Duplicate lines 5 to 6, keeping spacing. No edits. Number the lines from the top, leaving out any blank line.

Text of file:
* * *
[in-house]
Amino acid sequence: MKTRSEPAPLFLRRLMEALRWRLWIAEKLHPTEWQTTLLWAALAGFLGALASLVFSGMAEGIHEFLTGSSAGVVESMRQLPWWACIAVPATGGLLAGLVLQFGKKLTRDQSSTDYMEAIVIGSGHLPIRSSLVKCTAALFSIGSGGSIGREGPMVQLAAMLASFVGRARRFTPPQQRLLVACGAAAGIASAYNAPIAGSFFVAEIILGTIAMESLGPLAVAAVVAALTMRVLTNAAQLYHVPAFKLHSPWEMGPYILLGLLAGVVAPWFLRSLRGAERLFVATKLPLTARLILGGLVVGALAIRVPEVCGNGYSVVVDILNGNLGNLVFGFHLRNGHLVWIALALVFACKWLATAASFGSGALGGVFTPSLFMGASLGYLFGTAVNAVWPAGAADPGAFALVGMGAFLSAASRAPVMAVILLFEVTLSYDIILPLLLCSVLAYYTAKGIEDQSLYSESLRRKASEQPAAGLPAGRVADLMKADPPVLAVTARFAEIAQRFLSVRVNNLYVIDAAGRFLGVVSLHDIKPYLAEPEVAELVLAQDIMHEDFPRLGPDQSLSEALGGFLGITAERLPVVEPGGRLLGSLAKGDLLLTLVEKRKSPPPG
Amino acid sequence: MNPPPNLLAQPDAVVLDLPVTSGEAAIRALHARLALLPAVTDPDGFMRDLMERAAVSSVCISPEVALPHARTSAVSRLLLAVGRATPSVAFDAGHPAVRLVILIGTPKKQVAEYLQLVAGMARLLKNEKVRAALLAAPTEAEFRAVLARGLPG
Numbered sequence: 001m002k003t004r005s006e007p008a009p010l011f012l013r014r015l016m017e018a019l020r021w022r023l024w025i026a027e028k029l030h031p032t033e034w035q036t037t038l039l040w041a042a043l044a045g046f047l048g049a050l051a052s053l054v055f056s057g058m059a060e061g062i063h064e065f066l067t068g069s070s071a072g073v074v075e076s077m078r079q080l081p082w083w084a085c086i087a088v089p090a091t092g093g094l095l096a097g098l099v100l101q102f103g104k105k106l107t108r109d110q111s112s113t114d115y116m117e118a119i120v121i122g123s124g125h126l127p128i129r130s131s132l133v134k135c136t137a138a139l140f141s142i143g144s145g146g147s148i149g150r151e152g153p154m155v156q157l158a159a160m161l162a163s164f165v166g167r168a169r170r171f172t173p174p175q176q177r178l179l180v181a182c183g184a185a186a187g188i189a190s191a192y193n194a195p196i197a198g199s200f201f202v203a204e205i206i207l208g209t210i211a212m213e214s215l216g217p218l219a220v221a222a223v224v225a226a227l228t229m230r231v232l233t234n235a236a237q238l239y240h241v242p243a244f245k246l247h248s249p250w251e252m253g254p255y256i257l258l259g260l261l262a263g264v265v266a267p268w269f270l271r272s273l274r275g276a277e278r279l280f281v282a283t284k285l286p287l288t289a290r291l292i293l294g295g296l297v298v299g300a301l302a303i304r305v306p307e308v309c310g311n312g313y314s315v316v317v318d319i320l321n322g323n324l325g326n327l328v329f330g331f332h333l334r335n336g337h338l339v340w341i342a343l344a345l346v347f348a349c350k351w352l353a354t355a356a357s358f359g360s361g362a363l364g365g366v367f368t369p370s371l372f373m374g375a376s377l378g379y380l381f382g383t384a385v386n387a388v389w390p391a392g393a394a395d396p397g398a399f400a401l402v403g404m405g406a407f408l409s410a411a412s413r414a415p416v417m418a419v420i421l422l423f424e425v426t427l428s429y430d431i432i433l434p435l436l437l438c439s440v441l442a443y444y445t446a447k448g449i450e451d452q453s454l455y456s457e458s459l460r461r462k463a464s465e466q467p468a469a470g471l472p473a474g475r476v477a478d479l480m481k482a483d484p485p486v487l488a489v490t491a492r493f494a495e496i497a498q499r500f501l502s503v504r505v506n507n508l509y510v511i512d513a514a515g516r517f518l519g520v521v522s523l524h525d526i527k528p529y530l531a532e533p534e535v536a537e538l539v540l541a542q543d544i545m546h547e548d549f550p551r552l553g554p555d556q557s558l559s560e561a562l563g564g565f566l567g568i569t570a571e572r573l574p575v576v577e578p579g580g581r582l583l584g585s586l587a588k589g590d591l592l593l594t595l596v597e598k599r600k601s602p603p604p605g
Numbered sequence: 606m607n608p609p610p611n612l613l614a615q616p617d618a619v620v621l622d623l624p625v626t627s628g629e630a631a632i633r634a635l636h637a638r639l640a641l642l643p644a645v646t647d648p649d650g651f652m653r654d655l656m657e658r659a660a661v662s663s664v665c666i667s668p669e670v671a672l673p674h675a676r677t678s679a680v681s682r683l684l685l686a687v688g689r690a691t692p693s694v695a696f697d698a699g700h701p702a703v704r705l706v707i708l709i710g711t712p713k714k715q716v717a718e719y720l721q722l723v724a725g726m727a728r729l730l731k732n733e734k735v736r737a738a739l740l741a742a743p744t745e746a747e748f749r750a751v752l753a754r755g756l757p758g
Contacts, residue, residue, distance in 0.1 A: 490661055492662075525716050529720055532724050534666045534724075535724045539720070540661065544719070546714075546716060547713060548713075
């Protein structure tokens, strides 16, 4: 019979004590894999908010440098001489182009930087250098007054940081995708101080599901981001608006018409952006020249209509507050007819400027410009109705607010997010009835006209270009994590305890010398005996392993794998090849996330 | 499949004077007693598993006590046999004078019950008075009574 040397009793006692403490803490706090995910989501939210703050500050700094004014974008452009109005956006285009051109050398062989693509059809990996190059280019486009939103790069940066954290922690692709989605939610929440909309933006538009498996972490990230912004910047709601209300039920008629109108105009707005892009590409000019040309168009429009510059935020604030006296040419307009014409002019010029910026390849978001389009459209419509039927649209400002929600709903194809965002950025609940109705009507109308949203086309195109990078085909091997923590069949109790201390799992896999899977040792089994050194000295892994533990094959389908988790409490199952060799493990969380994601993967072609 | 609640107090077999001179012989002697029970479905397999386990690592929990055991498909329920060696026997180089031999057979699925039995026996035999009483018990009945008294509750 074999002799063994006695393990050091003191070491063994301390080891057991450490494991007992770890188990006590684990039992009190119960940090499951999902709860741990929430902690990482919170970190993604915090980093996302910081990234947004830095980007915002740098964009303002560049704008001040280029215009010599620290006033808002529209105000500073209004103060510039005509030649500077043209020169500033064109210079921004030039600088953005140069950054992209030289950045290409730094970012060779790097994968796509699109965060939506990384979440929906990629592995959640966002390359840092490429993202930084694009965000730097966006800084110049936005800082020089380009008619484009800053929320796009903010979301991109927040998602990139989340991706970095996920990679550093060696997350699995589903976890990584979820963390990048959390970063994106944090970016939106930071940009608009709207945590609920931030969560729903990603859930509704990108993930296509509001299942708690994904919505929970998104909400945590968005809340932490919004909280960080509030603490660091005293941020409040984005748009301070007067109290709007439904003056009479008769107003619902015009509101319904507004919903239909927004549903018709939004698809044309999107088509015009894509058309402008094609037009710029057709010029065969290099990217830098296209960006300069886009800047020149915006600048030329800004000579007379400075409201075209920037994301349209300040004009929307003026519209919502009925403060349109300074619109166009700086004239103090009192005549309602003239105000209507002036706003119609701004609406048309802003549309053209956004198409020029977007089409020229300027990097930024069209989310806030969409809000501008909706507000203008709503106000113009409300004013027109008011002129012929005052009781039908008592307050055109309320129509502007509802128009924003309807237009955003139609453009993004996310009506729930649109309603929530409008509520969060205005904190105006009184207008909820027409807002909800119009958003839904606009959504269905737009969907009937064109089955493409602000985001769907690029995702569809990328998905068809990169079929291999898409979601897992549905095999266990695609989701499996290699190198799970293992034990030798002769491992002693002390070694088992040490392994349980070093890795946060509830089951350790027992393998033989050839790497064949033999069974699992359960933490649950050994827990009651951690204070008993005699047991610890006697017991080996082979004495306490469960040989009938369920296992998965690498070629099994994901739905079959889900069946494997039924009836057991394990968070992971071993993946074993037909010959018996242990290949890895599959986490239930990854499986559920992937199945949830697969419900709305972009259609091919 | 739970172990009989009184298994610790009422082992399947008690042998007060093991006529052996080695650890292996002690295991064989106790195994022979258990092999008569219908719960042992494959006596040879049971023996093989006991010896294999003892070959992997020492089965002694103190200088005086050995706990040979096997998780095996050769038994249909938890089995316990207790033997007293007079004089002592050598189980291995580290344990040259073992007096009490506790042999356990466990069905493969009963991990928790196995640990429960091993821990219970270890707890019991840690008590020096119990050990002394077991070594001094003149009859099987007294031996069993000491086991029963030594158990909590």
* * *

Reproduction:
Numbered sequence: 606m607n608p609p610p611n612l613l614a615q616p617d618a619v620v621l622d623l624p625v626t627s628g629e630a631a632i633r634a635l636h637a638r639l640a641l642l643p644a645v646t647d648p649d650g651f652m653r654d655l656m657e658r659a660a661v662s663s664v665c666i667s668p669e670v671a672l673p674h675a676r677t678s679a680v681s682r683l684l685l686a687v688g689r690a691t692p693s694v695a696f697d698a699g700h701p702a703v704r705l706v707i708l709i710g711t712p713k714k715q716v717a718e719y720l721q722l723v724a725g726m727a728r729l730l731k732n733e734k735v736r737a738a739l740l741a742a743p744t745e746a747e748f749r750a751v752l753a754r755g756l757p758g
Contacts, residue, residue, distance in 0.1 A: 490661055492662075525716050529720055532724050534666045534724075535724045539720070540661065544719070546714075546716060547713060548713075